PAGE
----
Lee served a total of 18 months of a 30-month sentence for embezzling millions of dollars from corporate funds to bribe South Korea’s previous president, Park Geun-hye, to ensure government support for a 2015 merger between two Samsung affiliates that tightened his control over the corporate empire.
His case was part of a massive corruption scandal that triggered nationwide protests and led to the impeachment and ouster of Park, who has been jailed since 2017 and won’t be released until 2039 if she fully serves her term.
Even with his release, Lee isn’t out of the legal woods. He appeared at the Seoul Central District Court on Thursday for another trial over alleged stock price manipulation, auditing violations and other financial crimes related to the 2015 merger. His lawyers have insisted the allegations in that case were not criminal acts but were normal business activities.
In including Lee among some 800 prisoners who were granted paroles ahead of Sunday’s Liberation Day, which celebrates Korea’s independence from Japanese colonial rule at the end of World War II, Justice Ministry cited unspecified economic concerns related to the pandemic and global markets.
Lee runs the Samsung conglomerate in his capacity as vice chairman of Samsung Electronics, a major global provider of computer memory chips and smartphones.
Lee was originally sentenced in 2017 to five years in prison on the corruption charges but was freed after 11 months in February 2018 following a Seoul High Court ruling that reduced his term to 2 ½ years and suspended his sentence, overturning key convictions and reducing the amount of his bribes.
The Supreme Court returned the case to the high court in 2019, ruling that the amount of Lee’s bribes had been undervalued. Lee was jailed again in January this year following a retrial.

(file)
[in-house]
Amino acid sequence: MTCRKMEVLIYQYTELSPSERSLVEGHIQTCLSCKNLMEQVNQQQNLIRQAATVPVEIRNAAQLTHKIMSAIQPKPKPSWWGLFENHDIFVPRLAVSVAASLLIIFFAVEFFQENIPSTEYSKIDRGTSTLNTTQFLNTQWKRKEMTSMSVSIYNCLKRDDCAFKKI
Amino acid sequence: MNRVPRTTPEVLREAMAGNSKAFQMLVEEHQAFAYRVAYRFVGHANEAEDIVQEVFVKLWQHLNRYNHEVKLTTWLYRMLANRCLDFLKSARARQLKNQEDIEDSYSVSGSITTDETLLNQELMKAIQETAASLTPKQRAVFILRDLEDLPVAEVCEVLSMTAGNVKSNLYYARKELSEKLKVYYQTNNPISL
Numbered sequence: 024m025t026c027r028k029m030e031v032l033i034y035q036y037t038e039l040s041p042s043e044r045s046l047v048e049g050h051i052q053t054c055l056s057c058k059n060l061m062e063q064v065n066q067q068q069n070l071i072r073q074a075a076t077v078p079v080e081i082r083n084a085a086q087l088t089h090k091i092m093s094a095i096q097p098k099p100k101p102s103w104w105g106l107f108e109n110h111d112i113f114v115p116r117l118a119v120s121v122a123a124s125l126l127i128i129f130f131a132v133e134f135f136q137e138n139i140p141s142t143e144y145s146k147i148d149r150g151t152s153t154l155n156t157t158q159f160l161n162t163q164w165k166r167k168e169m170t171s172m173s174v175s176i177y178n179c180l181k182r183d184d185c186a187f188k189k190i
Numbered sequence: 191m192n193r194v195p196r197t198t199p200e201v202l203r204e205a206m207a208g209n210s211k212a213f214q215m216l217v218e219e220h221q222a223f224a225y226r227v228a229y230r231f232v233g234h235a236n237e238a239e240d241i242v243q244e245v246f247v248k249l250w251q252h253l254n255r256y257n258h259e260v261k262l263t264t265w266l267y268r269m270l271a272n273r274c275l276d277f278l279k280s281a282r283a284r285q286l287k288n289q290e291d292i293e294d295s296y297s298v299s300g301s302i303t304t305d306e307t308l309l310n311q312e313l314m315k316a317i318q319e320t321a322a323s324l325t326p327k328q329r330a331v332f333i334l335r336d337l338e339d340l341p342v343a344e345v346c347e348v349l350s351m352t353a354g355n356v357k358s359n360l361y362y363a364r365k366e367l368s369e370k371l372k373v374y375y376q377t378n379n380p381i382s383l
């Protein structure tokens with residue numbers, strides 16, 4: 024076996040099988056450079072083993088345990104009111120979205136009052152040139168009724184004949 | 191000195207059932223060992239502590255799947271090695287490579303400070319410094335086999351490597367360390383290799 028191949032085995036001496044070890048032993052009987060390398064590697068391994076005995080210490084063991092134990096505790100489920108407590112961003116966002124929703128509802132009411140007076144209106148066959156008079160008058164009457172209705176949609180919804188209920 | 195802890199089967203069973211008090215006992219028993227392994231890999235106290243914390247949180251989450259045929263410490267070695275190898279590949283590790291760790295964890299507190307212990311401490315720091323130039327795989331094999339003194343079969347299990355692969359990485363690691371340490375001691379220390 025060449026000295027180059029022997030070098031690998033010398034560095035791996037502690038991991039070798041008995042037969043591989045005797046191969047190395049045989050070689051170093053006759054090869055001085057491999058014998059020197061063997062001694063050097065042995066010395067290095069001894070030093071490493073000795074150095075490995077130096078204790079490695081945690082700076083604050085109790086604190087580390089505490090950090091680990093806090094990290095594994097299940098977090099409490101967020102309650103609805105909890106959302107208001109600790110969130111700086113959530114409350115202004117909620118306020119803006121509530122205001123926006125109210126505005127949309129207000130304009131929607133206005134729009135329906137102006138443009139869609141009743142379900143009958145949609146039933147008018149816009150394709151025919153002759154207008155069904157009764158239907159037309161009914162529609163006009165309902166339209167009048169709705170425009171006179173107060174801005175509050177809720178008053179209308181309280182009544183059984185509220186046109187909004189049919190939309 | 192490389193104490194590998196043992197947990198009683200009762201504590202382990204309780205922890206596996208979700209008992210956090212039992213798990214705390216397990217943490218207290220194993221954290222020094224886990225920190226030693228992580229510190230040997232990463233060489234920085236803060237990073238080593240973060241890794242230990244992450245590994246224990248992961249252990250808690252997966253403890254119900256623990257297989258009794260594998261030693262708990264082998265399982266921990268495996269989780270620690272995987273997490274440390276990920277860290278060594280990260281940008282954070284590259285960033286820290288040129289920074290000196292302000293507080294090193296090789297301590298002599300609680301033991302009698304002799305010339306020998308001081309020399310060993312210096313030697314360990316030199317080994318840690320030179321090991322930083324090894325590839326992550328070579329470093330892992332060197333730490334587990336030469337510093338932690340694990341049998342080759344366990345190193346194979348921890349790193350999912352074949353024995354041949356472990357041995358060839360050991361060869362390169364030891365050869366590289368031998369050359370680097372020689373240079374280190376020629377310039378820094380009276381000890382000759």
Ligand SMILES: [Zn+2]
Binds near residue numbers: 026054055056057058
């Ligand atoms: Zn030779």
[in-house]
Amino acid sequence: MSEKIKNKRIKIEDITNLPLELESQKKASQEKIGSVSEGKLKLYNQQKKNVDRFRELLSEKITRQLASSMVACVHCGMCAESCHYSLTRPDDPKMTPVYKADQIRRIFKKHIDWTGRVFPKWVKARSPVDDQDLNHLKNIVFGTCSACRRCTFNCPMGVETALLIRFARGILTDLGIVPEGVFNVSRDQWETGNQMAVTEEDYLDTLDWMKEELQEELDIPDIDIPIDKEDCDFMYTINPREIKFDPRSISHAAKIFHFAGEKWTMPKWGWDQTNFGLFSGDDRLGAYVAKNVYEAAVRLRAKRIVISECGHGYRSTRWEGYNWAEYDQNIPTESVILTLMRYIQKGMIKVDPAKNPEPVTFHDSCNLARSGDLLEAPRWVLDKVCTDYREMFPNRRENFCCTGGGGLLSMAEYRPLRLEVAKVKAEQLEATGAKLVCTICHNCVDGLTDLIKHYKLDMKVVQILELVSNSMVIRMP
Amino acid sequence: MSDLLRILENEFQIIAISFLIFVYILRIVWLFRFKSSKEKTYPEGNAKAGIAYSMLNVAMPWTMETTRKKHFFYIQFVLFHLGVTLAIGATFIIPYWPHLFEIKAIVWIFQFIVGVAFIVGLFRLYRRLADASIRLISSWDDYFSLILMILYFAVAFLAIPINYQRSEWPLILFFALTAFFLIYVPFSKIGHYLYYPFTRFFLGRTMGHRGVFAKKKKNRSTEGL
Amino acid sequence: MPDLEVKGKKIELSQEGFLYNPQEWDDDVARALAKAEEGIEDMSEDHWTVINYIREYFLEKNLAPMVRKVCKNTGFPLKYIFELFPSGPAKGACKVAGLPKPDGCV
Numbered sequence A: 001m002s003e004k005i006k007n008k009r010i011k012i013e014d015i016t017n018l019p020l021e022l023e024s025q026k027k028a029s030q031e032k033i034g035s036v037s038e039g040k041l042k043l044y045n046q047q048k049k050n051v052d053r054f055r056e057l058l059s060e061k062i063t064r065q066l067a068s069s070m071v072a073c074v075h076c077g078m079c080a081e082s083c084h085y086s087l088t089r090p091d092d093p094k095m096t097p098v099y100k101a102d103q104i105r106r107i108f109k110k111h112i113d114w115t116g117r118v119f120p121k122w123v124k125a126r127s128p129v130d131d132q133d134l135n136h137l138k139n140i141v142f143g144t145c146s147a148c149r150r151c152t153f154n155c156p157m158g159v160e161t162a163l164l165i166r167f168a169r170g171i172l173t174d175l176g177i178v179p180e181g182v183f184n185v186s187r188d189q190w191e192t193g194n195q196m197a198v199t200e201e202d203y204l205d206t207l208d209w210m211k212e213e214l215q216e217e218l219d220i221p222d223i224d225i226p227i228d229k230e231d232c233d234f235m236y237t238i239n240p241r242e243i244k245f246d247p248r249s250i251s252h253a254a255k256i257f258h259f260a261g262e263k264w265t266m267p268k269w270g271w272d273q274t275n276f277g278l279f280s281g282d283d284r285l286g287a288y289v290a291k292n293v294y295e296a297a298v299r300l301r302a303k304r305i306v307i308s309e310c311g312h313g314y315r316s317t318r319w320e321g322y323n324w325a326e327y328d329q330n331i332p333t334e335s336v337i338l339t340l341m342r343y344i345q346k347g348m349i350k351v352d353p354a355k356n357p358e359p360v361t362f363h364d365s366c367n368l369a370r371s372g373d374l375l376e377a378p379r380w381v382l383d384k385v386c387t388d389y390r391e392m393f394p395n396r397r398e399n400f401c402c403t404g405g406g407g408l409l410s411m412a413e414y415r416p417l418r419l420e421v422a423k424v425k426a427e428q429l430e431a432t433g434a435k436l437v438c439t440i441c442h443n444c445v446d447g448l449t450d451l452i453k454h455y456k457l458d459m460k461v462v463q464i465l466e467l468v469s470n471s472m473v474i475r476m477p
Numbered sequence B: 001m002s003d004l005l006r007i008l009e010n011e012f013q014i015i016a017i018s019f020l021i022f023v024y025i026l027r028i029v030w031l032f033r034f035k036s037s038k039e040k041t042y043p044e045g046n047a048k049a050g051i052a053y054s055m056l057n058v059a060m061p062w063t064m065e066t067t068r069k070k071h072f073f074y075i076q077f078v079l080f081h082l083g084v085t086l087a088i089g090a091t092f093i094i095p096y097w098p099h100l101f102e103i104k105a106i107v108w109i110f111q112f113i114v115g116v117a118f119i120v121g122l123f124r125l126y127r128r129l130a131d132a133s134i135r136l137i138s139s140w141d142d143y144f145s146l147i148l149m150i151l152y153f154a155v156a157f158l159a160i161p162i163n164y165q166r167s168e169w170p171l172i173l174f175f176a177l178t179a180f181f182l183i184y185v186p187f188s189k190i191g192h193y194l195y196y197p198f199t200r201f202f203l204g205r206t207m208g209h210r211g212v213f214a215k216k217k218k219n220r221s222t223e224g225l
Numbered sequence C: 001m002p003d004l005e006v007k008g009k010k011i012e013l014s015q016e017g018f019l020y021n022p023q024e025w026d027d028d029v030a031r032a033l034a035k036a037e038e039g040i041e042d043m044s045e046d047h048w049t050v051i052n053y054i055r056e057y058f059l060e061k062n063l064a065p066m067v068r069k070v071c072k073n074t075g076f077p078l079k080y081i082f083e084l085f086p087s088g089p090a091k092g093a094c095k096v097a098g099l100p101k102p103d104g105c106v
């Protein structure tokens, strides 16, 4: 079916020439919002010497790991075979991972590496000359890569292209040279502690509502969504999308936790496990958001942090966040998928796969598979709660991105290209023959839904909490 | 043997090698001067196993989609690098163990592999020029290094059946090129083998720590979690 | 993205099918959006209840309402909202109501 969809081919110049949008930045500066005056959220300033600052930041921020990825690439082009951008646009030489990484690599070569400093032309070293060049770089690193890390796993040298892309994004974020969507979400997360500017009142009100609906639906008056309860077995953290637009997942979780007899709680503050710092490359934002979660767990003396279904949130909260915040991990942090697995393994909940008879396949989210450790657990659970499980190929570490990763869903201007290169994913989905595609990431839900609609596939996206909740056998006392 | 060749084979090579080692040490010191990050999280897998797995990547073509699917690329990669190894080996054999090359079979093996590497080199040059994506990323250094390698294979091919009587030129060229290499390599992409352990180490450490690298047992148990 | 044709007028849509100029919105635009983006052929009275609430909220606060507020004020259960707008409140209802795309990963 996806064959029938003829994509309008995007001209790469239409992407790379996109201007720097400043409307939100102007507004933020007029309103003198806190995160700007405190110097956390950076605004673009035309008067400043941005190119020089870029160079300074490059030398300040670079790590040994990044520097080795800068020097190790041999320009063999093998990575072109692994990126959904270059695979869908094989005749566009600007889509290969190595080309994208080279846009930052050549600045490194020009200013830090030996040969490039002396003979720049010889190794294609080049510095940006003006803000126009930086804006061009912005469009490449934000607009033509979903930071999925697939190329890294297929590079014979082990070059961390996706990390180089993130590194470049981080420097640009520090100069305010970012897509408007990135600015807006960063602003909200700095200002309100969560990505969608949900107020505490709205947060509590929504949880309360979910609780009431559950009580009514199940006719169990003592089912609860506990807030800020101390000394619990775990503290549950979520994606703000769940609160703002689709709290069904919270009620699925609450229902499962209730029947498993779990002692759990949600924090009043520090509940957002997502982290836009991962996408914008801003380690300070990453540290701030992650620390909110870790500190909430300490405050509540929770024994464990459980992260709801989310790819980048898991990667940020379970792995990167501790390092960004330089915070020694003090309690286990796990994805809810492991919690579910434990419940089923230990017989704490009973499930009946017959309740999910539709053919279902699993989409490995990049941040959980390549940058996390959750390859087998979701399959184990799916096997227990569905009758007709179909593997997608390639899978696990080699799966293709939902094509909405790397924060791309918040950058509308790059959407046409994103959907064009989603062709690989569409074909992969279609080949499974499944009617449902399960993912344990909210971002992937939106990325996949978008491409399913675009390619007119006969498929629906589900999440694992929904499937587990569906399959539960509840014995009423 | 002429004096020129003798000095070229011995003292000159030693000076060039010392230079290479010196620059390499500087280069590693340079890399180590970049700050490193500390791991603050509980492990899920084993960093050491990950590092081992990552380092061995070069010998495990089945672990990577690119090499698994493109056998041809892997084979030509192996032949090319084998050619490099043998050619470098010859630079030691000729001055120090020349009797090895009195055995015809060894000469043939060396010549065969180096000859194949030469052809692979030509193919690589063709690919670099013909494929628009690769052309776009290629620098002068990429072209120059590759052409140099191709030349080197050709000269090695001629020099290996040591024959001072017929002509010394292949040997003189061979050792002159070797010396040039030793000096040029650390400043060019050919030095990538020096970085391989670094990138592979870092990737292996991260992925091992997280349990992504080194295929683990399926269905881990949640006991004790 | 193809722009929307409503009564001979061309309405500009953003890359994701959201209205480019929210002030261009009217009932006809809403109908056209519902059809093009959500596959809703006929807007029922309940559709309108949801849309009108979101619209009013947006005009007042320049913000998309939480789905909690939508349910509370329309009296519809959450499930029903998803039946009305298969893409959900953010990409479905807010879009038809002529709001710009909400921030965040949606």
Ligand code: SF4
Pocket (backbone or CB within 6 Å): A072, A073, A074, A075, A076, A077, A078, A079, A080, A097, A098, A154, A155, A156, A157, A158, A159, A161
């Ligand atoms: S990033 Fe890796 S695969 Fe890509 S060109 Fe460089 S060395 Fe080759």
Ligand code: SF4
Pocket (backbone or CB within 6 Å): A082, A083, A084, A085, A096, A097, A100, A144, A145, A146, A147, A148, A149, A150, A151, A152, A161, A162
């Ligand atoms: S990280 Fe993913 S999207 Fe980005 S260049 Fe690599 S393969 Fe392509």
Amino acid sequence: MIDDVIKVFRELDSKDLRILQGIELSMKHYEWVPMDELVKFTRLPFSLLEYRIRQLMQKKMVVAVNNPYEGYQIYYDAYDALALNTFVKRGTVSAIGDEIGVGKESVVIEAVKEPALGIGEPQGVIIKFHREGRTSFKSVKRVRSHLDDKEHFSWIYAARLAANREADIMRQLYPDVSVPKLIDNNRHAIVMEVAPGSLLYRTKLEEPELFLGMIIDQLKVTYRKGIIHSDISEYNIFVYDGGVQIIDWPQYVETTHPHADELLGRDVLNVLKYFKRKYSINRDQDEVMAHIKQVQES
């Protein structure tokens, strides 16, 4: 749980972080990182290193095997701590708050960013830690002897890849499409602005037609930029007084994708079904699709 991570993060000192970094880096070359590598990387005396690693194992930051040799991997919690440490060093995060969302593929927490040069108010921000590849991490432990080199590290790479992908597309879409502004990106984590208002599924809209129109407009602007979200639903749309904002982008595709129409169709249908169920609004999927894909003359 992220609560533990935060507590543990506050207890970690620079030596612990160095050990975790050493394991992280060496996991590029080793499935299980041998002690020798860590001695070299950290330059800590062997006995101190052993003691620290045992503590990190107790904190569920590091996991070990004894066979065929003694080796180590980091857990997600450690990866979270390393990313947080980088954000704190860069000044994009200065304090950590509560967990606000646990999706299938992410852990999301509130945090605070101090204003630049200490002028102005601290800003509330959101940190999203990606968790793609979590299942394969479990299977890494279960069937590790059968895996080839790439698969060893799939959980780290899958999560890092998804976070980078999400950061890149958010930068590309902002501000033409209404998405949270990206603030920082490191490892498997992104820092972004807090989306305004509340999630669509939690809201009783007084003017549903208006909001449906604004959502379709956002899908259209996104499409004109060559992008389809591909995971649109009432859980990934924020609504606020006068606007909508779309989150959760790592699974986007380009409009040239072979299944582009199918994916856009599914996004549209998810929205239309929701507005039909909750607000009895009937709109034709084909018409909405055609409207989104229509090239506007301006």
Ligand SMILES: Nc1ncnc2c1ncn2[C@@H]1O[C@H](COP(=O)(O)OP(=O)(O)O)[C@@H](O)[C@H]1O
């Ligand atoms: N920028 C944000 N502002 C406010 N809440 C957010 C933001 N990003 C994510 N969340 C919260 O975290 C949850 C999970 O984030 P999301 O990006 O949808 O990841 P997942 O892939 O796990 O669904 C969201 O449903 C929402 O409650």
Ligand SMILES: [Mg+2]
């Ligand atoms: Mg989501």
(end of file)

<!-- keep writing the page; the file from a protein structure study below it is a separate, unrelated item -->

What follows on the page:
Almost no one had expected Lee to serve his full sentence through July 2022.
After avoiding the issue for months, Moon signalled a step change in May when he told reporters that his government will consider both the intensifying competition in the semiconductor sector and public feelings before deciding whether to grant Lee an early release.
But in the face of criticism that it revived a tradition of preferential treatment for convicted tycoons, Moon’s office has distanced itself from Lee’s release, saying paroles are up to the Justice Ministry.
Justice Minister Park Beom-kye has stressed he wasn’t personally involved in the process of selecting parole candidates, although he had the authority to approve or deny the release of prisoners proposed by the ministry’s parole committee.
While Lee has always been in control of Samsung regardless of whether he was in the boardroom or a prison cell, it’s unclear how quickly he could formally resume his management role. He would need the Justice Minister to officially approve his return to work as the law bans people convicted for major financial crimes from returning to work for five years after their release. He is widely expected to get that approval.
Samsung showed no obvious sign of trouble while Lee was in prison. It has reported robust profit during the coronavirus pandemic, seeing larger demands for its consumer electronics products and chips used in computing devices and servers as the virus forced millions to stay at home.
But there were also views that Lee’s prison term compromised Samsung’s speed in major investments when it needs to spend aggressively to stay competitive in semiconductors and other technologies.
While Samsung remains dominant in memory chips, which are used to store information, it’s apparently falling behind rival Taiwan Semiconductor Manufacturing in the race for high-tech chips designed to perform a broader range of functions.
The demand for advanced chips is expected to grow rapidly in the coming years, driven by 5G wireless services, artificial intelligence and self-driving cars. Some analysts say Samsung will become more active in pursing merger and acquisition deals to gain such technologies as Lee will be able to sign off on investments more easily.
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